Community Update

Digital Empowerment Toolkit Now Available!

At World Pulse, we recognize the need for ongoing learning—for you and for your community! Our toolkits aim to provide the resources you need to advance your social change work.

We are excited to introduce our Digital Empowerment Trainers’ Toolkit, a dynamic resource to help you bring the benefits of connecting online to women in your community. Check it out today! »

"Invisibility is an unnatural disaster"

Speaking to "My Challenge"

Growing up I never said very much. Partly because I never had to -- my father and my brother did it for me. And partly because no one thought anything of it -- it's perfectly acceptable for a girl to be "shy,"so demure, so obedient. It makes me recall Mitsuye Yamada's "Invisibility Is an Unnatural Disaster." It has helped me become aware of the conditions in which I am visible and the conditions in which I am invisible. Or alternatively, legible or illegible. I realized so much of it is out of my control. I didn't get to determine who I am, say what I want to say, when, and how. As Yamada wrote in that seminal essay, "To finally recognize our own invisibility is to finally be on the path toward visibility." My voice is weak from lack of practice, but I try to raise my voice a little more each day, even if (or especially when) it makes people say "this is so uncharacteristic of you."

Comments

Fatima Waziri's picture

Well stated!

Women in Africa have long being be told to be seen and not heard. To be care givers, home makers and nothing more. Luckily for me, i grew up in a home where they was no stereotyped roles for males and females. As much as the girls cooked and cleaned, the boys also cooked and cleans. As much as the boys wanted to go play outside, read a paper in front of the television and play video games, the girls did same. I am fortunate to have grown up outspoken and very opinionated. I cannot not say same about most of my friends and contemporaries. Invisibility makes one forgettable and is truly an unnatural disaster.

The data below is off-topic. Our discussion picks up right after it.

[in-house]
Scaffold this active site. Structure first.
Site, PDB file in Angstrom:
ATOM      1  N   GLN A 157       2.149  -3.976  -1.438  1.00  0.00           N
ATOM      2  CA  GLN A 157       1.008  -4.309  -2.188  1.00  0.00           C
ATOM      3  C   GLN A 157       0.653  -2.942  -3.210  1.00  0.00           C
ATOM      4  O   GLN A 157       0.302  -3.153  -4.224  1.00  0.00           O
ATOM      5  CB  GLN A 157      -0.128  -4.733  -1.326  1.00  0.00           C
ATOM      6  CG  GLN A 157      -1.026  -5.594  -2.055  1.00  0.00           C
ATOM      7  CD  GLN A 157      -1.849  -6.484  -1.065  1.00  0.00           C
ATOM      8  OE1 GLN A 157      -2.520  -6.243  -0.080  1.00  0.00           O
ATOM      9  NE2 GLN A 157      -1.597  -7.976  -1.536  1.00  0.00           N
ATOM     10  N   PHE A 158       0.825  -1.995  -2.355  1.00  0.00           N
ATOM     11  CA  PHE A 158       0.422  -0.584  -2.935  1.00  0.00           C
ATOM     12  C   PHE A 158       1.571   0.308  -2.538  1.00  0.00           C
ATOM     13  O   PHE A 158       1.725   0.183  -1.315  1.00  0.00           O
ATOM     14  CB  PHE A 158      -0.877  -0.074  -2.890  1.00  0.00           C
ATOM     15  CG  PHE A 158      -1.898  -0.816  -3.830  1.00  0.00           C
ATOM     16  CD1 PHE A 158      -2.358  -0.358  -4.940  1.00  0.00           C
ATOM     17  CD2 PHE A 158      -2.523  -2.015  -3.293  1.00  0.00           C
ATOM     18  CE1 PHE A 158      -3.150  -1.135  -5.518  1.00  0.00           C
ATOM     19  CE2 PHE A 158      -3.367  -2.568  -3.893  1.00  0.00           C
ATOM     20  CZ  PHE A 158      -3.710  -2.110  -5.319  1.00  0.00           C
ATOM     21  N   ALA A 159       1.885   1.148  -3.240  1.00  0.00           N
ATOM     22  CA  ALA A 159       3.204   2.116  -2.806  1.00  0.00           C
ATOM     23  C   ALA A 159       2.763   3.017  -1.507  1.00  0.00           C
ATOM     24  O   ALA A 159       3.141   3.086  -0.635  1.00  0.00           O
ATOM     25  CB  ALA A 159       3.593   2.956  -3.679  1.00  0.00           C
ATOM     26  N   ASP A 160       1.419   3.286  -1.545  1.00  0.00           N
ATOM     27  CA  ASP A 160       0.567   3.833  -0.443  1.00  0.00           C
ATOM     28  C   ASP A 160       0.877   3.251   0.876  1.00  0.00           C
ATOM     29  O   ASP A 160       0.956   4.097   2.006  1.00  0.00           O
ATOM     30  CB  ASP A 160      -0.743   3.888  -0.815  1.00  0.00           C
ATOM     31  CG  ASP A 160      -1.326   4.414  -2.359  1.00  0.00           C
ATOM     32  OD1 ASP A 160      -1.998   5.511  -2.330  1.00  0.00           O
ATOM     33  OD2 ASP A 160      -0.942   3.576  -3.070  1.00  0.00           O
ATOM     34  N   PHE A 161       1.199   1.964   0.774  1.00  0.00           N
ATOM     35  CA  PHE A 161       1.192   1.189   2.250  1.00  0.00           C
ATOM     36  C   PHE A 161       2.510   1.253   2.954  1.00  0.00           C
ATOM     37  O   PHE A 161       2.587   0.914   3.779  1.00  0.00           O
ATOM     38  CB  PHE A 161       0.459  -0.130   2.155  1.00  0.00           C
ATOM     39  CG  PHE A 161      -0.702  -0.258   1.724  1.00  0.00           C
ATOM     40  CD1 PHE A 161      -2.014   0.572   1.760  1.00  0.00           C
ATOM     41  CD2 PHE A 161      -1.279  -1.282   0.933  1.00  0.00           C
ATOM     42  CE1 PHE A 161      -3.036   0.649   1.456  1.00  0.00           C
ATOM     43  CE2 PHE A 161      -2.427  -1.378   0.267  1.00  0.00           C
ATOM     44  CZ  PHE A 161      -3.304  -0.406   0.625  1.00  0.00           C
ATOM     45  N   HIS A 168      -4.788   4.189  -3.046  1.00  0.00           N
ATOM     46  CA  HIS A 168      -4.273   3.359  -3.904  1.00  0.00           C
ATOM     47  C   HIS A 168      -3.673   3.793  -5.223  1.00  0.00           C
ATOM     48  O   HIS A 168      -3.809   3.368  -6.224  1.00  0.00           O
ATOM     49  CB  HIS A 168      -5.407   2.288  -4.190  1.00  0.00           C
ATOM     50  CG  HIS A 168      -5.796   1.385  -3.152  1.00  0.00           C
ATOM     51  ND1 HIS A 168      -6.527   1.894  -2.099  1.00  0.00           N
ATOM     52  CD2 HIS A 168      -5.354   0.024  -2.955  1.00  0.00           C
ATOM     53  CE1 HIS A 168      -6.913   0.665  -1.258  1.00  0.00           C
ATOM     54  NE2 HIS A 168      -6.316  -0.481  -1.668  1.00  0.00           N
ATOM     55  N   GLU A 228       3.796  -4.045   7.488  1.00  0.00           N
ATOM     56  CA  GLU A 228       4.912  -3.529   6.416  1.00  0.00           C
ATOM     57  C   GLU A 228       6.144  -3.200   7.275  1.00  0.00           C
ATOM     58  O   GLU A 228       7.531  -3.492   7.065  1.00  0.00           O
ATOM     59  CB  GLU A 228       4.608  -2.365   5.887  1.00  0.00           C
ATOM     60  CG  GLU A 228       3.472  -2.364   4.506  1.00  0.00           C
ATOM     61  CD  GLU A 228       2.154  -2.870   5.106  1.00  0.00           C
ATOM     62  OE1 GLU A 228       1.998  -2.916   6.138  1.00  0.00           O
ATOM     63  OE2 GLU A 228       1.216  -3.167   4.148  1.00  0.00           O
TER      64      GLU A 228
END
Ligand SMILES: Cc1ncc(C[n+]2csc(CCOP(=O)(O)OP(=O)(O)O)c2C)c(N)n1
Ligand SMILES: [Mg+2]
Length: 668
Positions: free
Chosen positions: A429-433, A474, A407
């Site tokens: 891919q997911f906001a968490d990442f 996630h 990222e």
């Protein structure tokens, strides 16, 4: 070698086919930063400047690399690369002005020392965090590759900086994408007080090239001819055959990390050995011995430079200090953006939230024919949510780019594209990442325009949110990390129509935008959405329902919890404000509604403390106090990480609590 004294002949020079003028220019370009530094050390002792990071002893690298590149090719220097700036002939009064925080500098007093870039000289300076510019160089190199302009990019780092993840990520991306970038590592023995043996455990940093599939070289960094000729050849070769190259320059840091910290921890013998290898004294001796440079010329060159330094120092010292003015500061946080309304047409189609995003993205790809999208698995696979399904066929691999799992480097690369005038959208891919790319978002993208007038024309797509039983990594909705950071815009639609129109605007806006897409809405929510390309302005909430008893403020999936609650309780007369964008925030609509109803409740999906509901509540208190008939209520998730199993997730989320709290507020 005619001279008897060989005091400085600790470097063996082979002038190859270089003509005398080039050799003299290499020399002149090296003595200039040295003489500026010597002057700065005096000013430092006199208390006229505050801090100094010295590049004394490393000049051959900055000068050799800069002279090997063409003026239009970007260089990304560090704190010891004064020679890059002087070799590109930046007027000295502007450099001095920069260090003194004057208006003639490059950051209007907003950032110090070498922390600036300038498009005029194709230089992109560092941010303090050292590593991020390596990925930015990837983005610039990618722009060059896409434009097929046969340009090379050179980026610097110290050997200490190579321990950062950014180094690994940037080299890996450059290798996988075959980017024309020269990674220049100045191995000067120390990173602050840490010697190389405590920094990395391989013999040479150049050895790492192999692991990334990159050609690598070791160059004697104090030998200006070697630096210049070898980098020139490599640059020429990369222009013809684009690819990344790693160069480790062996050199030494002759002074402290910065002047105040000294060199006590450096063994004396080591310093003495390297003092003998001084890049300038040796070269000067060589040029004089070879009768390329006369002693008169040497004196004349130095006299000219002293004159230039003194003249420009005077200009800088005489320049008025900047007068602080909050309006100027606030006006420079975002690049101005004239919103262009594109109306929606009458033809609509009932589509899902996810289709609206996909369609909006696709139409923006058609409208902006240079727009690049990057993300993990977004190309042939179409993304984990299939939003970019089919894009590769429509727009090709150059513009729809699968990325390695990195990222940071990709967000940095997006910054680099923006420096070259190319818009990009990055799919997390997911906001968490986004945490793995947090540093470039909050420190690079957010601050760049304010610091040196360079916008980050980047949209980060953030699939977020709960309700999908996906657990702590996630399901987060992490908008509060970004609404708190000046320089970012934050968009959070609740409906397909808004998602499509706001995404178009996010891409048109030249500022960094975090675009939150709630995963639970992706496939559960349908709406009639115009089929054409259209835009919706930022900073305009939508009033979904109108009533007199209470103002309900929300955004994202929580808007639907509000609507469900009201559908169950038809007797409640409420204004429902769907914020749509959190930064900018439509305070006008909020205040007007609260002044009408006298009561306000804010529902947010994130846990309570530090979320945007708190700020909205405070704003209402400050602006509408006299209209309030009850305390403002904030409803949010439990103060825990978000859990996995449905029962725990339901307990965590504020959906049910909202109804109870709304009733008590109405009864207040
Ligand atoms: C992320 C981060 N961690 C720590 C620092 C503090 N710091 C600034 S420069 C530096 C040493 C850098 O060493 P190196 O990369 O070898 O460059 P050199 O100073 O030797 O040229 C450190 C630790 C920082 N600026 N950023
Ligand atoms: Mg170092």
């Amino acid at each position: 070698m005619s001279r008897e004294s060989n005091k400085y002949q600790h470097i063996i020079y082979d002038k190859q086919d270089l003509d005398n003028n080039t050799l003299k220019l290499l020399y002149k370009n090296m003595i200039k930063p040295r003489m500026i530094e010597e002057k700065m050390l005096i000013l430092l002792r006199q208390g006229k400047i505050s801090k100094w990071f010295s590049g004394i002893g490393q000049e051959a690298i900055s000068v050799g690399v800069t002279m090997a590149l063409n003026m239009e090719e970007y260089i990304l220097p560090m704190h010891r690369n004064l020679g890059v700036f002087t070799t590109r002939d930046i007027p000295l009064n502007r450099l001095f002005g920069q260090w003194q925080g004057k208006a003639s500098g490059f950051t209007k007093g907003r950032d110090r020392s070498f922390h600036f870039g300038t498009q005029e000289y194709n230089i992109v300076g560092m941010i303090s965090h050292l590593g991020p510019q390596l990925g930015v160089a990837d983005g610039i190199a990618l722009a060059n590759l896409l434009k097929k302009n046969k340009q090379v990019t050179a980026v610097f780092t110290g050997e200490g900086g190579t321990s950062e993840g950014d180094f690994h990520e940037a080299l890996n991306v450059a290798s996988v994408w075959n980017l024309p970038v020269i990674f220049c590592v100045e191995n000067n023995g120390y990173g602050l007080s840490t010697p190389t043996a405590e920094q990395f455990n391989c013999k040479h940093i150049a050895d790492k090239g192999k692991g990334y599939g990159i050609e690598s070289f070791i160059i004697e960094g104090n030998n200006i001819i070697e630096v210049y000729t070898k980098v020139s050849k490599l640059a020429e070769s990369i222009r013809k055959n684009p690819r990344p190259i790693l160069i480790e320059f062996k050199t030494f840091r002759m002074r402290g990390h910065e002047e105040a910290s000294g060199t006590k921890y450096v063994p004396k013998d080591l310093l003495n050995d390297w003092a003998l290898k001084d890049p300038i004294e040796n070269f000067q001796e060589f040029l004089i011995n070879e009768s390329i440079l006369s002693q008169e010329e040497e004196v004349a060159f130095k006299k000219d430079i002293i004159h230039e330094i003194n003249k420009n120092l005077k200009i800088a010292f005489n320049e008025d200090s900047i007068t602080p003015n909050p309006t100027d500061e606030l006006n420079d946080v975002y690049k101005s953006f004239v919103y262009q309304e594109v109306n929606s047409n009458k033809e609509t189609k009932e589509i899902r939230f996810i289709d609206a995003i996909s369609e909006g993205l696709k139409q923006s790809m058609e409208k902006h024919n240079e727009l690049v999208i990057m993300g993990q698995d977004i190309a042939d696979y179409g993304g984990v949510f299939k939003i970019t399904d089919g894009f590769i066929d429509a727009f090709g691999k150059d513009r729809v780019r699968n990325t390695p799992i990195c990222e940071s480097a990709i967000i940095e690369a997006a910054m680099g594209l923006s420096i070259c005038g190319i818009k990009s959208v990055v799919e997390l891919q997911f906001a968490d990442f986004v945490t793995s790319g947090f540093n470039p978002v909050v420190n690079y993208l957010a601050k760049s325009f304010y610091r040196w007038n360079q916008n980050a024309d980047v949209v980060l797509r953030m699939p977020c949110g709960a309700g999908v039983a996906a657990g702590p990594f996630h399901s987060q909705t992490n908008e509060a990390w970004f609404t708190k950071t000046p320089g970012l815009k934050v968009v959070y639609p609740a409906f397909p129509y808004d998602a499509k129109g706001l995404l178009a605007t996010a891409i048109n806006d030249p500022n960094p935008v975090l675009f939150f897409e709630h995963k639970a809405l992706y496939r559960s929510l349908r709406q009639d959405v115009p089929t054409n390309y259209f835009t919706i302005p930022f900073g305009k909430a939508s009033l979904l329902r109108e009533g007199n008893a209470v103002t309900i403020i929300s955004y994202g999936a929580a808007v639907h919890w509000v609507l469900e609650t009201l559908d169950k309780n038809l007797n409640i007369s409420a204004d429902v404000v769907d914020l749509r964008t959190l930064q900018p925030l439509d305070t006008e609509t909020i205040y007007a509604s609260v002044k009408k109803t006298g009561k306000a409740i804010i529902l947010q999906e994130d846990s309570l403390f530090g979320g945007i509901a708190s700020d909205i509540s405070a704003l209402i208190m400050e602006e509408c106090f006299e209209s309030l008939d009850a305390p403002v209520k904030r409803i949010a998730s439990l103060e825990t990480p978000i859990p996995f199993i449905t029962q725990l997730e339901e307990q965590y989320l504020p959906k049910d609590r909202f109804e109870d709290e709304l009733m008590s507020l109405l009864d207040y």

Peace!
Fatima

nwan's picture

Your story affirms for me

Your story affirms for me that there is another way for families to be structured (many ways, in fact), and it is being lived out every day in different parts the world. There is nothing natural or inevitable about patriarchy.

Magazine »

Read global coverage through women's eyes

Inside Congo's Growing Sisterhood

Inside Congo's Growing Sisterhood

Community »

Connect with women on the ground worldwide

PAKISTAN: They Went to School and Never Came Back

PAKISTAN: They Went to School and Never Came Back

Campaigns »

Be heard at influential forums

WWW: Women Weave the Web

WWW: Women Weave the Web

Programs »

Help us train women citizen journalists

World Pulse Voices of Our Future

World Pulse Voices of Our Future

Blog »

Read the latest from World Pulse headquarters

Announcing Our Prize Winners!

Announcing Our Prize Winners!

Partners »

Join forces with our wide network of partners

Nobel Women's Initiative

Nobel Women's Initiative